Food for thought: Fake news can have ‘real world consequences.’
We’re all guilty. I am among those who’ve posted information that is not true because we did not do our due diligence and fact check the information before we posted it.
I agree, our Facebook pages were not meant to be news sources, but because of the current administration and the way we use social media, the stories we post become a critical way to inform others of what’s going on. Whether it’s fact or fiction what we post is perceived as real.
Whether you agree or not, that’s not the point; the point is we have to be held accountable for our posts now because Trump is playing a dangerous game.
When we post “alternative facts” (fake news), we are hurting ourselves because it spreads like wild-fire. I hate that it’s come to this, but we have to start playing this social media game better than we’ve had to before. I hate it, but I have come to understand that we all have choices, power, and people who trust what we post. It’s up to you to serve your Facebook friends wisely.
The best thing to do is Google before posting, find out if other media sources are posting the same information (news), media sources you trust yourself! Nicolas Oliver, a political die-hard, helped us create this list of reliable sources:
1. ProPublica — Founded ten years ago by a former managing editor of The Wall Street Journal, ProPublica is a nonprofit investigative news site based in New York City. In 2010 ProPublica was the first online publication to win a Pulitzer Prize and has earned two more since, as well as an extensive list of other prestigious awards.
2. The Center for Public Integrity (CPI) — An early player in the non-profit investigative space, CPI has been around for close to 30 years. Its reporters have won dozens of journalism awards, including a Pulitzer in 2014, for its investigations of money in politics, national security, health care reform, business and the environment.
3. The Center For Investigative Reporting (CIR) — Founded 40 years ago in the San Francisco Bay Area, CIR is a nonprofit that has partnered for years with other outlets to reach a broad audience in print, on television, on radio and online. It collaborates with PRX Radio to produce Reveal, the investigative radio program, and podcast. The Reveal website is now home to all of CIRs investigative content.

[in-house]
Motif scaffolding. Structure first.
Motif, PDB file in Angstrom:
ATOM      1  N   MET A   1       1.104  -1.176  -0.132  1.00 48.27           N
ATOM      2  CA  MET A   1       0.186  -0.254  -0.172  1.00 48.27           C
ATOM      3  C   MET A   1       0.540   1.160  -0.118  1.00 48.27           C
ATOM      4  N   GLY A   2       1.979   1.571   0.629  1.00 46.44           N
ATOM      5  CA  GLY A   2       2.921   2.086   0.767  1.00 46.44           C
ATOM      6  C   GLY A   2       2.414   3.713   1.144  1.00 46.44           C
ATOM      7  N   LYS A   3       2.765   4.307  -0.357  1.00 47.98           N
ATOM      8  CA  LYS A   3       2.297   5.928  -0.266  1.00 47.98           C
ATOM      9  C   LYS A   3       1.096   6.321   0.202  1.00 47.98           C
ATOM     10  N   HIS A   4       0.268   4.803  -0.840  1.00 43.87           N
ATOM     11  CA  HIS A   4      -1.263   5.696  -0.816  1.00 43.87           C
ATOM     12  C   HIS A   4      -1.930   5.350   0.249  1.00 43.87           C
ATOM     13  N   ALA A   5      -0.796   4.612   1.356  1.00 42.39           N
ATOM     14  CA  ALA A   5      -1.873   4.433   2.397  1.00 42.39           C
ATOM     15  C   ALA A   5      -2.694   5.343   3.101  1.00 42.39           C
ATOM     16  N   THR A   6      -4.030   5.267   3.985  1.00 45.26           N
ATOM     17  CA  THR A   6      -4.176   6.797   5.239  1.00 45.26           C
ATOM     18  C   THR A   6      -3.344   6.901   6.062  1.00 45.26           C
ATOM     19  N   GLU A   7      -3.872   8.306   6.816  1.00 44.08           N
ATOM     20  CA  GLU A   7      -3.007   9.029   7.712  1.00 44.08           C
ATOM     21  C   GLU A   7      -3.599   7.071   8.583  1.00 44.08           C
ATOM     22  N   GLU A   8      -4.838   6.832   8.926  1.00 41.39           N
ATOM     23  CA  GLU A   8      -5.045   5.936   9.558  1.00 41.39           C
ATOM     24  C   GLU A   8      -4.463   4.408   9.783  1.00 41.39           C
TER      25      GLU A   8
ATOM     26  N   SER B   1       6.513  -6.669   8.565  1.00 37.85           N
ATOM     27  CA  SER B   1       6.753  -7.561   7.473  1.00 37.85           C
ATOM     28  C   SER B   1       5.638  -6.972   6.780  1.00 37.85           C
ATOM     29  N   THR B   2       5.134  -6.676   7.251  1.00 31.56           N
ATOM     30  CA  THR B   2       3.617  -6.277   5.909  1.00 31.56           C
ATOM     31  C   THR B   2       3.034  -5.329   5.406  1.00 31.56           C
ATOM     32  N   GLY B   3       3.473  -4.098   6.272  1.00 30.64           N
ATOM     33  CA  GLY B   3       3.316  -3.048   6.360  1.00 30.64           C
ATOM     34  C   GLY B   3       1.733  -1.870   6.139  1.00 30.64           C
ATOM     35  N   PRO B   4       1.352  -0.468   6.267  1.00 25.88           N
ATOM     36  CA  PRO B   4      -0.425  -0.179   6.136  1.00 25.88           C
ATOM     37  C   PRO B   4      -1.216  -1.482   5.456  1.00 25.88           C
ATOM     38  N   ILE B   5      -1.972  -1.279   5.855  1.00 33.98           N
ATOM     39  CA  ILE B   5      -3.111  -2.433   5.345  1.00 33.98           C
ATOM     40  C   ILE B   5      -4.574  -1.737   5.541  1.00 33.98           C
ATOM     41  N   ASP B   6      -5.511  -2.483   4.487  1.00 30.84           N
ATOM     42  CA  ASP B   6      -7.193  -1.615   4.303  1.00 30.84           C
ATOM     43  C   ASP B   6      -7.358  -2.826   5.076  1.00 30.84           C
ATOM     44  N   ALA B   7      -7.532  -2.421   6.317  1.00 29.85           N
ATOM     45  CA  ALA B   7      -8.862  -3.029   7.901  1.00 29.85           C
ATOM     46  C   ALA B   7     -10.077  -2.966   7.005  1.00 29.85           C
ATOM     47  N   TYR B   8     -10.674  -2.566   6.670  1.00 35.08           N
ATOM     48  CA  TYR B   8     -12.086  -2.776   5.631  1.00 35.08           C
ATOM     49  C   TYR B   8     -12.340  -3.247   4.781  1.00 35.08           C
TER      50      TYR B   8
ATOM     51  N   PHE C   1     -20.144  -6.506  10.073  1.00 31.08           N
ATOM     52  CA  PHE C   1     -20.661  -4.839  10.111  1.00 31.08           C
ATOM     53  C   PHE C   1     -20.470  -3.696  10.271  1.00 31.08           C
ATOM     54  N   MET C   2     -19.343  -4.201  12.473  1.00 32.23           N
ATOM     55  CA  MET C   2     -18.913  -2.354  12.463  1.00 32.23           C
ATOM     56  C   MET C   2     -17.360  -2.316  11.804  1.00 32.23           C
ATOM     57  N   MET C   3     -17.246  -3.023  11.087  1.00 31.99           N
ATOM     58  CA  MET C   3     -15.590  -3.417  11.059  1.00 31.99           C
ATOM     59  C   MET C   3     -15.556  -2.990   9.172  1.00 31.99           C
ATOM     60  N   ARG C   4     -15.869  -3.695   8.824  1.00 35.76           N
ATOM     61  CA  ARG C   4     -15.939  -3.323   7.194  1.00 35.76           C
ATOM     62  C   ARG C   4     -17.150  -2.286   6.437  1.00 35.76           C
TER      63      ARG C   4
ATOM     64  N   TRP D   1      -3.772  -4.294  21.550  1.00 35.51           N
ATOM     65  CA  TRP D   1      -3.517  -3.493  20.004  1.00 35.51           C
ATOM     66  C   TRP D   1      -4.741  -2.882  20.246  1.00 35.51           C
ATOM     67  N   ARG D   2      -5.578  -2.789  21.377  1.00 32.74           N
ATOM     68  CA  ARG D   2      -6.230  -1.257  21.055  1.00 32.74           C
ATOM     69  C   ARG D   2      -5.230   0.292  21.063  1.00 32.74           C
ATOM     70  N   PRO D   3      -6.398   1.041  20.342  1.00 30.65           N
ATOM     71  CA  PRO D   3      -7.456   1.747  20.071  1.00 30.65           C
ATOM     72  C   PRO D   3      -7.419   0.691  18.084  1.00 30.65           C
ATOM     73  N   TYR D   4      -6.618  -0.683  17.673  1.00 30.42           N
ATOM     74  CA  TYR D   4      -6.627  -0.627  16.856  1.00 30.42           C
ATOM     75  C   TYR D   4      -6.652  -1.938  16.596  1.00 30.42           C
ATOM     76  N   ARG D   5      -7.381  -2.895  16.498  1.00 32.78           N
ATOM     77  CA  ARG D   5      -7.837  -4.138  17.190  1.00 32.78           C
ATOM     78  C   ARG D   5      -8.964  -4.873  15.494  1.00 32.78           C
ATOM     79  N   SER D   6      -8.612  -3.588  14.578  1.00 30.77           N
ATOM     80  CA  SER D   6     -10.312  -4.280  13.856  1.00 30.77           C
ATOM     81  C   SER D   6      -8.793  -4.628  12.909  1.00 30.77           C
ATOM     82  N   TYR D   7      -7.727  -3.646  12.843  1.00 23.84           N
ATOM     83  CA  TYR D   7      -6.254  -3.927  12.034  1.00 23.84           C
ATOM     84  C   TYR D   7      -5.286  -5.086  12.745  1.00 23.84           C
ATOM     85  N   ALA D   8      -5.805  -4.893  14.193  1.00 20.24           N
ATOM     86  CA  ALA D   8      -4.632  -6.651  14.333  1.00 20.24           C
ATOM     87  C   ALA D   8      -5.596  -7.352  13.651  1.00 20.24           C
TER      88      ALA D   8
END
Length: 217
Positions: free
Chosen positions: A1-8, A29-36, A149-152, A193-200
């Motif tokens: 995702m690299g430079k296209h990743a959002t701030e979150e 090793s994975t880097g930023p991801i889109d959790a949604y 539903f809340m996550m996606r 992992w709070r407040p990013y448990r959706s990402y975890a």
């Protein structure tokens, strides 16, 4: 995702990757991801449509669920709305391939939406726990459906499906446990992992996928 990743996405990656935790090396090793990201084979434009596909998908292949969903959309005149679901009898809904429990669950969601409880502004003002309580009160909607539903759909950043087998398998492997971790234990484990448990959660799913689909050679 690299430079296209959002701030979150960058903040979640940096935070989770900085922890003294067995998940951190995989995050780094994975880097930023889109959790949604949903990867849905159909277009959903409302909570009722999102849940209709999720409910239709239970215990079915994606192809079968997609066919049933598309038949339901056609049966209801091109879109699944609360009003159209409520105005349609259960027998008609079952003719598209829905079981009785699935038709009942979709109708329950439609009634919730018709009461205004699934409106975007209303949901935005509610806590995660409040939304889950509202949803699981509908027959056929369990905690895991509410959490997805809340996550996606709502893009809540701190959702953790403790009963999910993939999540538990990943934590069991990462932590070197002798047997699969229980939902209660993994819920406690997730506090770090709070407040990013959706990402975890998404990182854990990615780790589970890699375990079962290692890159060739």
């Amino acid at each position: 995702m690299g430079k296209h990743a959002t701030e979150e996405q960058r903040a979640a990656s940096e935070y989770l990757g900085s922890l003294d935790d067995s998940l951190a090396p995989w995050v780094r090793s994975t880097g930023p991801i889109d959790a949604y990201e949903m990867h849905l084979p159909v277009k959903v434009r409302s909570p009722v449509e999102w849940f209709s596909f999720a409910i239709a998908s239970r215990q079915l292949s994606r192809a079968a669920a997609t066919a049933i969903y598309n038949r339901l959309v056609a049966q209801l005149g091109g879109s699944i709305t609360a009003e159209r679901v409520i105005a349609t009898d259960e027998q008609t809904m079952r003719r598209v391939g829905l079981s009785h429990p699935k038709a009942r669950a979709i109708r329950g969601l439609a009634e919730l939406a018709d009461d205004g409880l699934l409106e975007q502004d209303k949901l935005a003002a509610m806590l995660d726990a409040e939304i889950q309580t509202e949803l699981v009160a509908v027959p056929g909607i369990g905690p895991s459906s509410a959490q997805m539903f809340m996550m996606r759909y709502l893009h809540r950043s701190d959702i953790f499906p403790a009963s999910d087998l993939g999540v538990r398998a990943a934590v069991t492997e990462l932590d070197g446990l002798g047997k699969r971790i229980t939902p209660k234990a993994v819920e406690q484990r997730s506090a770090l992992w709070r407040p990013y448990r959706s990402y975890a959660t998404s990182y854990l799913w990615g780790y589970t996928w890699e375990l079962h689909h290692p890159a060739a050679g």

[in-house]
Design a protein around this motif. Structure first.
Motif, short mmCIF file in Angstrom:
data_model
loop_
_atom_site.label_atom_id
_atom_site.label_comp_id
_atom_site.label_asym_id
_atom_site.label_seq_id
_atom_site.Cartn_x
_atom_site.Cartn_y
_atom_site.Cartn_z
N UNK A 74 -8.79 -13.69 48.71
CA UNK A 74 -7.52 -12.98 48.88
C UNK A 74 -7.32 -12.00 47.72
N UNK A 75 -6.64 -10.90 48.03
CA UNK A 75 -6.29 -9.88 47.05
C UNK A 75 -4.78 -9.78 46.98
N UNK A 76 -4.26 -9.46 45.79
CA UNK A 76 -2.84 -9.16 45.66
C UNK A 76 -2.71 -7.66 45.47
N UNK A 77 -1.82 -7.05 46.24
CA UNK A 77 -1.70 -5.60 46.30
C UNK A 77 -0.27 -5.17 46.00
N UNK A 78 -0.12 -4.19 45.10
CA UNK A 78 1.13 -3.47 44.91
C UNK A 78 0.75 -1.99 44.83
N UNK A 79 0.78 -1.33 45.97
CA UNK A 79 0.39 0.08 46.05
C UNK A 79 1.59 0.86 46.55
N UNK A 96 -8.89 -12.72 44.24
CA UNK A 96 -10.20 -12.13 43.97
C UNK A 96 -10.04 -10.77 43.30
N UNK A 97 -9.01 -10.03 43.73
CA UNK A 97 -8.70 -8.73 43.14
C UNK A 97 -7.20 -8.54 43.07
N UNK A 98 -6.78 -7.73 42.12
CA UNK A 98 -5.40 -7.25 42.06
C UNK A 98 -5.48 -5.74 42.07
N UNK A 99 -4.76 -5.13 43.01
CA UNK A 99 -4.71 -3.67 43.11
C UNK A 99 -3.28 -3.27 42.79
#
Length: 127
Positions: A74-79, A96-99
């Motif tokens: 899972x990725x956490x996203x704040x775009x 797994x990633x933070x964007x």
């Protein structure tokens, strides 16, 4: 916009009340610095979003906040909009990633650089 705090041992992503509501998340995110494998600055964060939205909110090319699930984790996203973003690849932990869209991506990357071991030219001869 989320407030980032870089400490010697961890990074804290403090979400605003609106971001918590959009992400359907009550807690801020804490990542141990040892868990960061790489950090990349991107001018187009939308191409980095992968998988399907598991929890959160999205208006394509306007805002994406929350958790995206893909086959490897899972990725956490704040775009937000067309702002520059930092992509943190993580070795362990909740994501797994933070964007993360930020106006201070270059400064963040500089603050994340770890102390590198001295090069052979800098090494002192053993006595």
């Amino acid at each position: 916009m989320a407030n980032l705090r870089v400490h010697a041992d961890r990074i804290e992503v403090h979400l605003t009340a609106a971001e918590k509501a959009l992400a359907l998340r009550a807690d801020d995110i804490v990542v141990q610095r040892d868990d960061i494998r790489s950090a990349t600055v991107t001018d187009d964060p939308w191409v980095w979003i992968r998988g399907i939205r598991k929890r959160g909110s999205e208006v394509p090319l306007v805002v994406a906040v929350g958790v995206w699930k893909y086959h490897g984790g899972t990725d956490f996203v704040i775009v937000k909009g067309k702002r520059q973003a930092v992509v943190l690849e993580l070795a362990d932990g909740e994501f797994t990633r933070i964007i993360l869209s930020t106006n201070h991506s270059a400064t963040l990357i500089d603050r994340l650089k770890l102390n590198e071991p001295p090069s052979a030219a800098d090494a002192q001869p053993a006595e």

4. Frontline — Launched more than 30 years ago, Frontline is television’s most consistent and respected investigative documentary program. Its documentaries are broadcast on PBS and are available online, along with original reporting.
5. Mother Jones — Mother Jones, founded in 1976, is a reader-supported, nonprofit news organization headquartered in San Francisco with bureaus in Washington, DC and New York City. The site includes investigative reporting as well as general reporting on topics including politics, climate change, and education.
6. The Intercept — The Intercept is a news organization launched in 2014 by legal and political journalist Glenn Greenwald, investigative journalist Jeremy Scahill and documentary filmmaker Laura Poitras.
7. Real Clear Investigations — Real Clear Investigations, which launched last fall, is the new nonprofit, investigative arm of Real Clear Politics. It is mostly an aggregator of investigative reporting but has also begun conducting original investigations.
8. The International Consortium of Investigative Journalists (ICIJ) — ICIJ is a nonprofit offshoot of the Center for Public Integrity that started 20 years ago. It is a global network of more than 190 investigative journalists in more than 65 countries who work together to investigate cross-border issues including crime, corruption, and abuse of power.
9. Investigative Reporters and Editors (IRE) — IRE is a grass-roots, nonprofit, membership organization that has been providing tips, training and conferences for investigative journalists since 1975. Its blog, Extra! Extra! showcases a wide variety of watchdog journalism.
10. BuzzFeed — Whatever you think about its decision to release the Trump dossier earlier this week (journalists are divided in their opinions), BuzzFeed has a growing investigative team and body of work worth attention, but it’s not always easy to find on the site. If you want to know what the team is up to you can follow its editor, Mark Schoofs, @Schoofsfeed on Twitter.
Sure, there will be times when something will fall through the cracks but let’s start thinking before we post and especially when it has to do with Trump. “Fake news stories were prominent throughout the presidential election season, and there’s growing concern that many people cannot tell lies from facts or people don’t care about the difference.”
A prime example of FAKE News (Donald Trump announced that he would ban “gay activity” from appearing on television shows): CLICK HERE
h/t: Bill Moyers (New Series: Deep Dig — Best Investigative Journalism)